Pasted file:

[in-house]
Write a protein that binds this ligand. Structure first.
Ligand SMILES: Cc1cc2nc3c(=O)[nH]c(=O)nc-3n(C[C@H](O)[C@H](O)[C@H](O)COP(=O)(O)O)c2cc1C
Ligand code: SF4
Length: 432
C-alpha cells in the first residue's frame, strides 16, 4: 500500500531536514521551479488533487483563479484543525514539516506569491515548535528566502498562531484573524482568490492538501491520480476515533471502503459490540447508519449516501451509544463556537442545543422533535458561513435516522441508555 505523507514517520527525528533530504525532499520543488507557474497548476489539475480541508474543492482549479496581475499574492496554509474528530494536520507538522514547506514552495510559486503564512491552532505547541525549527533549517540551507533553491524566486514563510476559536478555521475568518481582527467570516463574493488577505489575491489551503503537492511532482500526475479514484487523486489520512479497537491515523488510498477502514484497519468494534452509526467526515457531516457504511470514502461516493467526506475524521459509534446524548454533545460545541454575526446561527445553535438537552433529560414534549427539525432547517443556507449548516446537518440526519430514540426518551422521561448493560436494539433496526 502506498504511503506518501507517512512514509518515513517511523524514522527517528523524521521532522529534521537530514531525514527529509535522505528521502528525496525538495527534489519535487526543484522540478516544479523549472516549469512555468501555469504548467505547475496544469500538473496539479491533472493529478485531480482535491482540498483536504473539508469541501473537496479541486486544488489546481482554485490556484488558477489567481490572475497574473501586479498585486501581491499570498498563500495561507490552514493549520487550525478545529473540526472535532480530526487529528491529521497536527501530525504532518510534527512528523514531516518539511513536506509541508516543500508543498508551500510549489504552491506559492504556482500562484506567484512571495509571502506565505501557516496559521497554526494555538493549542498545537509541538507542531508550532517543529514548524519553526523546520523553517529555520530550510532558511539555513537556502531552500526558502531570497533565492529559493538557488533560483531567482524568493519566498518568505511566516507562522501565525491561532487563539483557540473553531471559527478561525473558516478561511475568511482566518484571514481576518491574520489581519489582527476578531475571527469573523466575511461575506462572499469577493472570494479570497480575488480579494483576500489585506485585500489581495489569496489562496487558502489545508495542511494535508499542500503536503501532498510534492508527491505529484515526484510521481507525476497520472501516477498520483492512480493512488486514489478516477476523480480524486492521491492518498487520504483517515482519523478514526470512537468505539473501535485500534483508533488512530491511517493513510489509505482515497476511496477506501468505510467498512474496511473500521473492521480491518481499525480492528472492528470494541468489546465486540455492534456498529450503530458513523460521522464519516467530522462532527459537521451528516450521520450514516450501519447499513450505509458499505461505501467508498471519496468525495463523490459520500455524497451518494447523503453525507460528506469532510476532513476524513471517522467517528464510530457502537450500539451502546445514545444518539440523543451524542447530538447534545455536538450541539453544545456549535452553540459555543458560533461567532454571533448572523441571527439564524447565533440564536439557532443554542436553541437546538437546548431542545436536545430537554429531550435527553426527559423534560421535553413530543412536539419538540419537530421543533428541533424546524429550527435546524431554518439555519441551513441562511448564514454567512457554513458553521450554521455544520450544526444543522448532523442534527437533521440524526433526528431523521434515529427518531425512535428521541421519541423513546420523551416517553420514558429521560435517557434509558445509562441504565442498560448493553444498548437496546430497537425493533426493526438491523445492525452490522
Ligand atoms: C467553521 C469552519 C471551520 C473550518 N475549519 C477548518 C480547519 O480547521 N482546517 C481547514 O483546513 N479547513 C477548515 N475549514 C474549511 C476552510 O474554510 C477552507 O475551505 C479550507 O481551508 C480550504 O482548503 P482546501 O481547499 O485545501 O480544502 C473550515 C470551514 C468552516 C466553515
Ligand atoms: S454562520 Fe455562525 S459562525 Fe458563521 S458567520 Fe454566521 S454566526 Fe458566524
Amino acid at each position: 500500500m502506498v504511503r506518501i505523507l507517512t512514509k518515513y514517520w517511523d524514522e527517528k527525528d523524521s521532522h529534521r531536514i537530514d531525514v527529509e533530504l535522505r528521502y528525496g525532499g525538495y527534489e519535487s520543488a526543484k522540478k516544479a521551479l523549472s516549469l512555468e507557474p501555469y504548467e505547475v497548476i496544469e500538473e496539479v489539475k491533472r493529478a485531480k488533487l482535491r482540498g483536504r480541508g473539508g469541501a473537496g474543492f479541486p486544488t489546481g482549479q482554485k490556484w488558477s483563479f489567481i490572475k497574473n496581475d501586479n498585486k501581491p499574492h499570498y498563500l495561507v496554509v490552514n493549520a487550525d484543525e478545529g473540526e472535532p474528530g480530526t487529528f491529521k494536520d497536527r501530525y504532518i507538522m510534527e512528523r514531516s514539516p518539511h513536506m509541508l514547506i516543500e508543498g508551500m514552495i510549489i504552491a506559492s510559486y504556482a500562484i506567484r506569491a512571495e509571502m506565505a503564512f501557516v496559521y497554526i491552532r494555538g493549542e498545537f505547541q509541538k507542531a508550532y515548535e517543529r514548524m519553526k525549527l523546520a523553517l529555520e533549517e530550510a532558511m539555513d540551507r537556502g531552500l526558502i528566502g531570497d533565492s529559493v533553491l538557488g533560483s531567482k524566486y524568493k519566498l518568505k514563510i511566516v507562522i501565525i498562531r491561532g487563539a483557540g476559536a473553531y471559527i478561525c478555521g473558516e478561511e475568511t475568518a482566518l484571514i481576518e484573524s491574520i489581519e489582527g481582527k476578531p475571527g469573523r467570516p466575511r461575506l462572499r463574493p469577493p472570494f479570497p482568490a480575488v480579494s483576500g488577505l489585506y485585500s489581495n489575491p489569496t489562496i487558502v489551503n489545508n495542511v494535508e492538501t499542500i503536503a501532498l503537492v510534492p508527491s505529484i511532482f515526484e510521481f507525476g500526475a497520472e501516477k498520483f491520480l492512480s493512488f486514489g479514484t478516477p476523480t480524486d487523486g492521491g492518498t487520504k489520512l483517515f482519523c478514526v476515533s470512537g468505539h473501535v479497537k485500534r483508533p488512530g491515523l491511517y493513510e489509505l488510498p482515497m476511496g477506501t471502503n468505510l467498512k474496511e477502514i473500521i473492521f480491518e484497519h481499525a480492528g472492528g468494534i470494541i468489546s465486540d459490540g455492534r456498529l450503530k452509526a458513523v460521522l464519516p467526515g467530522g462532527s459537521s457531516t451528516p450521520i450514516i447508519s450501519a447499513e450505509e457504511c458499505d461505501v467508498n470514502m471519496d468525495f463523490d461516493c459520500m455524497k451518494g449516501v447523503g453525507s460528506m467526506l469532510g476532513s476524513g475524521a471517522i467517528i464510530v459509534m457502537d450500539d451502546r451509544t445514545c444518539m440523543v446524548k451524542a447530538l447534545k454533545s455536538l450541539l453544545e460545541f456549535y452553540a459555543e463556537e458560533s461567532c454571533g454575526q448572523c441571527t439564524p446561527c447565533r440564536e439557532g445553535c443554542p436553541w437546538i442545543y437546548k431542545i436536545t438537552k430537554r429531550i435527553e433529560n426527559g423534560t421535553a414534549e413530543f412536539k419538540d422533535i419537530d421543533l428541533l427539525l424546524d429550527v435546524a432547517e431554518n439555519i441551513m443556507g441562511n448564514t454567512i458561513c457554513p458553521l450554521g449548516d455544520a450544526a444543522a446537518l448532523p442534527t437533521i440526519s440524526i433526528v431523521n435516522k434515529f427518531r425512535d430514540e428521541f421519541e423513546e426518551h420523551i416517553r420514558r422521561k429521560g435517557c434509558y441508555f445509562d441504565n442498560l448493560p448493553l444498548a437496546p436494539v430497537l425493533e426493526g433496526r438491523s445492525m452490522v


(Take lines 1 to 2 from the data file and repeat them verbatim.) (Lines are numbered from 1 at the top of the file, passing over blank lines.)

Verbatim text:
[in-house]
Write a protein that binds this ligand. Structure first.